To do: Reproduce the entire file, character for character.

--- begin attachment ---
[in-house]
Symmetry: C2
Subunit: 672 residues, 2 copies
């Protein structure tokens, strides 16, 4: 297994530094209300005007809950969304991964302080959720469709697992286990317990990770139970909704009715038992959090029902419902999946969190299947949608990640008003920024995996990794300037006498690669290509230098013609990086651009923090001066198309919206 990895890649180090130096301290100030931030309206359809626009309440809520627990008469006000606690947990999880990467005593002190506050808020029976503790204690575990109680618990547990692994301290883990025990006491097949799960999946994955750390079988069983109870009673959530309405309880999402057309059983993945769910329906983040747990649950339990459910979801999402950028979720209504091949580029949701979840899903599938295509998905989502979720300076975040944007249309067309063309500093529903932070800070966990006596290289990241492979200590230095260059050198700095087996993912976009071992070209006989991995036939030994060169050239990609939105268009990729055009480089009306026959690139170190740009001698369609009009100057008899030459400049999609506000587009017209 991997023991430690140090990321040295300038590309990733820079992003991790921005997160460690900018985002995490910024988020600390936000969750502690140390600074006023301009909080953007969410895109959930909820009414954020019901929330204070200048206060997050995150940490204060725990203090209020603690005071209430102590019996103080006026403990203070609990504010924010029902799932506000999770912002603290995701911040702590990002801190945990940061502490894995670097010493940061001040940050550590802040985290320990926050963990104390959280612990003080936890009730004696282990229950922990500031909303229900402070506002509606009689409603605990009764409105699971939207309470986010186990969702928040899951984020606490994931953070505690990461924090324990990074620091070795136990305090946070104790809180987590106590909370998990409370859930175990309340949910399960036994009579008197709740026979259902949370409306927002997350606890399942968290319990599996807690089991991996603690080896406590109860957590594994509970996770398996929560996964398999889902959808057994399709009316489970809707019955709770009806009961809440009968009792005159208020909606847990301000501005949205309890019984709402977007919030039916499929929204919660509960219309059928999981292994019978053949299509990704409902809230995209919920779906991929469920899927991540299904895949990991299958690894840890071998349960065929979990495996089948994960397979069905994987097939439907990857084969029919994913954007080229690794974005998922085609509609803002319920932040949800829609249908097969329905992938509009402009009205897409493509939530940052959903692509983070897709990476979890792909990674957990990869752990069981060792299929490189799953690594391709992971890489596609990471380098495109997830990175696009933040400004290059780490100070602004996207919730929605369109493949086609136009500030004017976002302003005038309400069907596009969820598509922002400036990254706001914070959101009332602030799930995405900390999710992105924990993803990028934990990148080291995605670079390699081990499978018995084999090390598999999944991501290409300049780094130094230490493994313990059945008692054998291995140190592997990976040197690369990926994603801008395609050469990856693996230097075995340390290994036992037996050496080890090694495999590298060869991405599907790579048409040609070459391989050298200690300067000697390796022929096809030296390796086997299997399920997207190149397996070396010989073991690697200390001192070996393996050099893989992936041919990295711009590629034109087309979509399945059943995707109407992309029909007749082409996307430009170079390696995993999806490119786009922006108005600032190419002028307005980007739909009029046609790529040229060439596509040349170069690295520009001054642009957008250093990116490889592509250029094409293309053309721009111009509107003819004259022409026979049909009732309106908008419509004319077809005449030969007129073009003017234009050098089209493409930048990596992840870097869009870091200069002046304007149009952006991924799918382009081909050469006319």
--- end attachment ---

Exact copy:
[in-house]
Symmetry: C2
Subunit: 672 residues, 2 copies
């Protein structure tokens, strides 16, 4: 297994530094209300005007809950969304991964302080959720469709697992286990317990990770139970909704009715038992959090029902419902999946969190299947949608990640008003920024995996990794300037006498690669290509230098013609990086651009923090001066198309919206 990895890649180090130096301290100030931030309206359809626009309440809520627990008469006000606690947990999880990467005593002190506050808020029976503790204690575990109680618990547990692994301290883990025990006491097949799960999946994955750390079988069983109870009673959530309405309880999402057309059983993945769910329906983040747990649950339990459910979801999402950028979720209504091949580029949701979840899903599938295509998905989502979720300076975040944007249309067309063309500093529903932070800070966990006596290289990241492979200590230095260059050198700095087996993912976009071992070209006989991995036939030994060169050239990609939105268009990729055009480089009306026959690139170190740009001698369609009009100057008899030459400049999609506000587009017209 991997023991430690140090990321040295300038590309990733820079992003991790921005997160460690900018985002995490910024988020600390936000969750502690140390600074006023301009909080953007969410895109959930909820009414954020019901929330204070200048206060997050995150940490204060725990203090209020603690005071209430102590019996103080006026403990203070609990504010924010029902799932506000999770912002603290995701911040702590990002801190945990940061502490894995670097010493940061001040940050550590802040985290320990926050963990104390959280612990003080936890009730004696282990229950922990500031909303229900402070506002509606009689409603605990009764409105699971939207309470986010186990969702928040899951984020606490994931953070505690990461924090324990990074620091070795136990305090946070104790809180987590106590909370998990409370859930175990309340949910399960036994009579008197709740026979259902949370409306927002997350606890399942968290319990599996807690089991991996603690080896406590109860957590594994509970996770398996929560996964398999889902959808057994399709009316489970809707019955709770009806009961809440009968009792005159208020909606847990301000501005949205309890019984709402977007919030039916499929929204919660509960219309059928999981292994019978053949299509990704409902809230995209919920779906991929469920899927991540299904895949990991299958690894840890071998349960065929979990495996089948994960397979069905994987097939439907990857084969029919994913954007080229690794974005998922085609509609803002319920932040949800829609249908097969329905992938509009402009009205897409493509939530940052959903692509983070897709990476979890792909990674957990990869752990069981060792299929490189799953690594391709992971890489596609990471380098495109997830990175696009933040400004290059780490100070602004996207919730929605369109493949086609136009500030004017976002302003005038309400069907596009969820598509922002400036990254706001914070959101009332602030799930995405900390999710992105924990993803990028934990990148080291995605670079390699081990499978018995084999090390598999999944991501290409300049780094130094230490493994313990059945008692054998291995140190592997990976040197690369990926994603801008395609050469990856693996230097075995340390290994036992037996050496080890090694495999590298060869991405599907790579048409040609070459391989050298200690300067000697390796022929096809030296390796086997299997399920997207190149397996070396010989073991690697200390001192070996393996050099893989992936041919990295711009590629034109087309979509399945059943995707109407992309029909007749082409996307430009170079390696995993999806490119786009922006108005600032190419002028307005980007739909009029046609790529040229060439596509040349170069690295520009001054642009957008250093990116490889592509250029094409293309053309721009111009509107003819004259022409026979049909009732309106908008419509004319077809005449030969007129073009003017234009050098089209493409930048990596992840870097869009870091200069002046304007149009952006991924799918382009081909050469006319």